US lawmakers eye environmental impact of crypto mining 

Quick Take

  • House lawmakers sent letters to four crypto mining companies this week, seeking to learn more about the environmental impact of proof-of-work operations.
  • The House Committee on Energy and Commerce sent letters to Core Scientific, Marathon Digital Holdings, Riot Blockchain, Inc. and Stronghold Digital Mining.

     

US House lawmakers are seeking information from four crypto mining companies in an effort to understand the environmental impacts of blockchain technology.

The House Energy and Commerce Committee sent letters to Core Scientific, Marathon Digital Holdings, Riot Blockchain, Inc. and Stronghold Digital Mining on Wednesday. The committee is studying the impact of proof of work and how it relates to emissions and “excess electronic waste.”

The move comes as Washington regulators take a closer look at cryptocurrency amid this summer’s market crash. Additionally, Ethereum is expected to merge its proof-of-work blockchain with its proof-of-stake chain next month.

“While we understand that blockchain technology holds immense promise that could make our personal information more secure and economy more efficient, the energy consumption and hardware required to support PoW-based cryptocurrencies may, in some instances, produce severe externalities in the form of harmful emissions and excess electronic waste (e-waste),” reads the committee letter to Stronghold Digital Mining.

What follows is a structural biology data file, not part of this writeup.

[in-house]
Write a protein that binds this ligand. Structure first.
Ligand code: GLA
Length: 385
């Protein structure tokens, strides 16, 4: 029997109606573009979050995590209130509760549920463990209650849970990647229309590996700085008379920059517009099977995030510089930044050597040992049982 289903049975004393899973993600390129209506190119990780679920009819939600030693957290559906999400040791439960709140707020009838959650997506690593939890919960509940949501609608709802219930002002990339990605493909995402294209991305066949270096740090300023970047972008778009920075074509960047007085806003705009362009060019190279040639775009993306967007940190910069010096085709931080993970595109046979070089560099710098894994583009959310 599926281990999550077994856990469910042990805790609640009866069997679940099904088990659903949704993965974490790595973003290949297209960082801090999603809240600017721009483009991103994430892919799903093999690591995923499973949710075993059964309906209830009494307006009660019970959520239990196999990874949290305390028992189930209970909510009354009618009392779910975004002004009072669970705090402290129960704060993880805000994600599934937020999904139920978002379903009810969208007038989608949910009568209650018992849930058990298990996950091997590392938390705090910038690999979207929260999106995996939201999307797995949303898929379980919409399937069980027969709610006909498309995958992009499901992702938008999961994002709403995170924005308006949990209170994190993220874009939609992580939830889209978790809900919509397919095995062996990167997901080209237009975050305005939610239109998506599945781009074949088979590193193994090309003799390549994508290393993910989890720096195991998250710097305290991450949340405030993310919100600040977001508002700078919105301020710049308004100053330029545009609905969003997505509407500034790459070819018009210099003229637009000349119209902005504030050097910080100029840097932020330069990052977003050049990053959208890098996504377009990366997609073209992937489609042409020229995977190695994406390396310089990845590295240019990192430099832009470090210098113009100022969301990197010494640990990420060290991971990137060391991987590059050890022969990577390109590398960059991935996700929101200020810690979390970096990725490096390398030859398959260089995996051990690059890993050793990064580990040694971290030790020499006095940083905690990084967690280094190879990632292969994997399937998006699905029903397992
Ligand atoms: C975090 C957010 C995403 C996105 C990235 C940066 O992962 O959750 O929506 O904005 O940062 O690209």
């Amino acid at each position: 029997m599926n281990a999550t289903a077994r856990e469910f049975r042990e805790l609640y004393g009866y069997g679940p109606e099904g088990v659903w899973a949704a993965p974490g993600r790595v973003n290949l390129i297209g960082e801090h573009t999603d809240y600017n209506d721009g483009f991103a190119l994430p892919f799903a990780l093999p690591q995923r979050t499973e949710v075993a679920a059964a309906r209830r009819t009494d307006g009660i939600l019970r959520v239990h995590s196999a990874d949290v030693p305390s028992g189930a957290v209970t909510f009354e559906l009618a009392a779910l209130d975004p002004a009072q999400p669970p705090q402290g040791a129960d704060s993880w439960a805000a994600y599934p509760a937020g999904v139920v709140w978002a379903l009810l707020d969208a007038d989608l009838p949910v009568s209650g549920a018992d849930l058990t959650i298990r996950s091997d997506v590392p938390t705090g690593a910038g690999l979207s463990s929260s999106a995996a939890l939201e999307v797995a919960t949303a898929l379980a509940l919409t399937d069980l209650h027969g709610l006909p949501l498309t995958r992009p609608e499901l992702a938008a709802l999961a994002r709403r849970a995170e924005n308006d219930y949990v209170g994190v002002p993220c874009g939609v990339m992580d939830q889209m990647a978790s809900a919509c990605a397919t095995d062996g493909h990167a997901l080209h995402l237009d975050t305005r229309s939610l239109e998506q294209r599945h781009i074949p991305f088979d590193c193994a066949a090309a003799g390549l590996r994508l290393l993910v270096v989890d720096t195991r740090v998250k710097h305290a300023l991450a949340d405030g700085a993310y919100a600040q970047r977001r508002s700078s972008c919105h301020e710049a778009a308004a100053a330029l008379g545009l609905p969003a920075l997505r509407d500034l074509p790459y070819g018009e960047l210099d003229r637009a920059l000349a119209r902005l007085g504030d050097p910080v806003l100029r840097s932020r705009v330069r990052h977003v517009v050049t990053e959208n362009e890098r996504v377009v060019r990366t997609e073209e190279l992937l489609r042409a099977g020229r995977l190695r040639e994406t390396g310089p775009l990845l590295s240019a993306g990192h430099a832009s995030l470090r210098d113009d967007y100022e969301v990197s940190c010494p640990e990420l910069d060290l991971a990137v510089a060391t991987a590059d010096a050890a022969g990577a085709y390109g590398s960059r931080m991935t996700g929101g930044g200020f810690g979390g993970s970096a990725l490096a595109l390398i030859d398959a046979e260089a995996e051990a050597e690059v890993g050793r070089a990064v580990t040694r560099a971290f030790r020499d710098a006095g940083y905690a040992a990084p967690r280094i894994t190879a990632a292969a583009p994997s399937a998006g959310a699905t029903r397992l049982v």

The letter was signed by Rep. Frank Pallone Jr., the committee chair, along with Reps. Bobby Rush, Diana DeGette and Paul Tonko. 

The committee requested information on how much energy each company's mining facilities used in 2021, what energy sources the facilities use and the proportion of energy used that is offset by renewable energy credits. The lawmakers also asked how many days companies curtailed crypto mining to support grid stability in the last 12 months, along with the average cost per megawatt hour and the per megawatt-hour profit at each facility. 

Another group of policymakers last month urged the Department of Energy and the Environmental Protection Agency to require miners to report information about emissions and energy use.


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Stephanie covers policy and regulation. She is based in Washington, D.C.